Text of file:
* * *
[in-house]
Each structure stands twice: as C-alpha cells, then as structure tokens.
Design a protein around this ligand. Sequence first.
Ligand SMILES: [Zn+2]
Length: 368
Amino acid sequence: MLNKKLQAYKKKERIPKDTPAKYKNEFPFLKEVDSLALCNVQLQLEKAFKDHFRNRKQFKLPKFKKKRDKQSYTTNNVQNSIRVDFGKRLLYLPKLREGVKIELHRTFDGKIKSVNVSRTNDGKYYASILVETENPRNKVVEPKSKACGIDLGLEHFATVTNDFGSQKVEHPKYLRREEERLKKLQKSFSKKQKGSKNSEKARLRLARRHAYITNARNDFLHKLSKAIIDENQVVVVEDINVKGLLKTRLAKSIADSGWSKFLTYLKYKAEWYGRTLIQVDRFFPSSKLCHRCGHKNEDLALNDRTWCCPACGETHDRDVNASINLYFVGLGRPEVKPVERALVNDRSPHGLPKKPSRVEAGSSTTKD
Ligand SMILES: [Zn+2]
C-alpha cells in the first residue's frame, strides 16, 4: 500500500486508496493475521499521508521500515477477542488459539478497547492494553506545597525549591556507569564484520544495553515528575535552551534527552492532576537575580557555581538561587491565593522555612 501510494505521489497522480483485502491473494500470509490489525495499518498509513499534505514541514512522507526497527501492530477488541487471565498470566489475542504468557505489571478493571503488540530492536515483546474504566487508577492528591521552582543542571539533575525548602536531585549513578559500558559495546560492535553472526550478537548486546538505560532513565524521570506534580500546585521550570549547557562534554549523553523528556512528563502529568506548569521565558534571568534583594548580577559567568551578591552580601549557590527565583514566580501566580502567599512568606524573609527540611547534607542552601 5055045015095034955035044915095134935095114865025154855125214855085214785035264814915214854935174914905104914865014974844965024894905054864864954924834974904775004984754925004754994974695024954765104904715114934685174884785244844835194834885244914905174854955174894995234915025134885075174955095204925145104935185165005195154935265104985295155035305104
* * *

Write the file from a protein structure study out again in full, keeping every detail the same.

[in-house]
Each structure stands twice: as C-alpha cells, then as structure tokens.
Design a protein around this ligand. Sequence first.
Ligand SMILES: [Zn+2]
Length: 368
Amino acid sequence: MLNKKLQAYKKKERIPKDTPAKYKNEFPFLKEVDSLALCNVQLQLEKAFKDHFRNRKQFKLPKFKKKRDKQSYTTNNVQNSIRVDFGKRLLYLPKLREGVKIELHRTFDGKIKSVNVSRTNDGKYYASILVETENPRNKVVEPKSKACGIDLGLEHFATVTNDFGSQKVEHPKYLRREEERLKKLQKSFSKKQKGSKNSEKARLRLARRHAYITNARNDFLHKLSKAIIDENQVVVVEDINVKGLLKTRLAKSIADSGWSKFLTYLKYKAEWYGRTLIQVDRFFPSSKLCHRCGHKNEDLALNDRTWCCPACGETHDRDVNASINLYFVGLGRPEVKPVERALVNDRSPHGLPKKPSRVEAGSSTTKD
Ligand SMILES: [Zn+2]
C-alpha cells in the first residue's frame, strides 16, 4: 500500500486508496493475521499521508521500515477477542488459539478497547492494553506545597525549591556507569564484520544495553515528575535552551534527552492532576537575580557555581538561587491565593522555612 501510494505521489497522480483485502491473494500470509490489525495499518498509513499534505514541514512522507526497527501492530477488541487471565498470566489475542504468557505489571478493571503488540530492536515483546474504566487508577492528591521552582543542571539533575525548602536531585549513578559500558559495546560492535553472526550478537548486546538505560532513565524521570506534580500546585521550570549547557562534554549523553523528556512528563502529568506548569521565558534571568534583594548580577559567568551578591552580601549557590527565583514566580501566580502567599512568606524573609527540611547534607542552601 5055045015095034955035044915095134935095114865025154855125214855085214785035264814915214854935174914905104914865014974844965024894905054864864954924834974904775004984754925004754994974695024954765104904715114934685174884785244844835194834885244914905174854955174894995234915025134885075174955095204925145104935185165005195154935265104985295155035305104